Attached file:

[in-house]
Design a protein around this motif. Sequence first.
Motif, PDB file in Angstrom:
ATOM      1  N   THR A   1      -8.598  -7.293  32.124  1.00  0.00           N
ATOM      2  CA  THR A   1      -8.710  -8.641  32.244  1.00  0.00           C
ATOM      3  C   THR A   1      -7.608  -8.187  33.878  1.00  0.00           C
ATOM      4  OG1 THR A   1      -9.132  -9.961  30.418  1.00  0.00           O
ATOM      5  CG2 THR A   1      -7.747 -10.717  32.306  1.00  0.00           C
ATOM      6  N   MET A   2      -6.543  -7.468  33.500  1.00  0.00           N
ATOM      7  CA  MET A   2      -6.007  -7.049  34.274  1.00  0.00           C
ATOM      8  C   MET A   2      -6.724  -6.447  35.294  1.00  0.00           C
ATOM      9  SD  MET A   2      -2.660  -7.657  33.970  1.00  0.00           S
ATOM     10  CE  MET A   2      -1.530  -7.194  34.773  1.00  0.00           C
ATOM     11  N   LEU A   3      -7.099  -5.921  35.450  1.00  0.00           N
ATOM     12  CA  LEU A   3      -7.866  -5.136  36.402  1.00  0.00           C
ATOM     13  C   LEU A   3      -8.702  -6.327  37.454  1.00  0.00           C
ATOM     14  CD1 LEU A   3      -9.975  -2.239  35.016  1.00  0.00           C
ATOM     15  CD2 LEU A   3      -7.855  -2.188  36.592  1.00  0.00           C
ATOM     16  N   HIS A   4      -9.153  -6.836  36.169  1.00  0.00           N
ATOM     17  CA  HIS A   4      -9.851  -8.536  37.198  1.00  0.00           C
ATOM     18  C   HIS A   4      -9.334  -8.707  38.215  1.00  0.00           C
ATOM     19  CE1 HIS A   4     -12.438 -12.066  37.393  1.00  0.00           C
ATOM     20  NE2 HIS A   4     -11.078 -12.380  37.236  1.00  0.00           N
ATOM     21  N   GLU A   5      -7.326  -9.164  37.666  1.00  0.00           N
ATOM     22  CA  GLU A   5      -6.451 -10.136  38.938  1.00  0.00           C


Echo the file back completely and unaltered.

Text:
[in-house]
Design a protein around this motif. Sequence first.
Motif, PDB file in Angstrom:
ATOM      1  N   THR A   1      -8.598  -7.293  32.124  1.00  0.00           N
ATOM      2  CA  THR A   1      -8.710  -8.641  32.244  1.00  0.00           C
ATOM      3  C   THR A   1      -7.608  -8.187  33.878  1.00  0.00           C
ATOM      4  OG1 THR A   1      -9.132  -9.961  30.418  1.00  0.00           O
ATOM      5  CG2 THR A   1      -7.747 -10.717  32.306  1.00  0.00           C
ATOM      6  N   MET A   2      -6.543  -7.468  33.500  1.00  0.00           N
ATOM      7  CA  MET A   2      -6.007  -7.049  34.274  1.00  0.00           C
ATOM      8  C   MET A   2      -6.724  -6.447  35.294  1.00  0.00           C
ATOM      9  SD  MET A   2      -2.660  -7.657  33.970  1.00  0.00           S
ATOM     10  CE  MET A   2      -1.530  -7.194  34.773  1.00  0.00           C
ATOM     11  N   LEU A   3      -7.099  -5.921  35.450  1.00  0.00           N
ATOM     12  CA  LEU A   3      -7.866  -5.136  36.402  1.00  0.00           C
ATOM     13  C   LEU A   3      -8.702  -6.327  37.454  1.00  0.00           C
ATOM     14  CD1 LEU A   3      -9.975  -2.239  35.016  1.00  0.00           C
ATOM     15  CD2 LEU A   3      -7.855  -2.188  36.592  1.00  0.00           C
ATOM     16  N   HIS A   4      -9.153  -6.836  36.169  1.00  0.00           N
ATOM     17  CA  HIS A   4      -9.851  -8.536  37.198  1.00  0.00           C
ATOM     18  C   HIS A   4      -9.334  -8.707  38.215  1.00  0.00           C
ATOM     19  CE1 HIS A   4     -12.438 -12.066  37.393  1.00  0.00           C
ATOM     20  NE2 HIS A   4     -11.078 -12.380  37.236  1.00  0.00           N
ATOM     21  N   GLU A   5      -7.326  -9.164  37.666  1.00  0.00           N
ATOM     22  CA  GLU A   5      -6.451 -10.136  38.938  1.00  0.00           C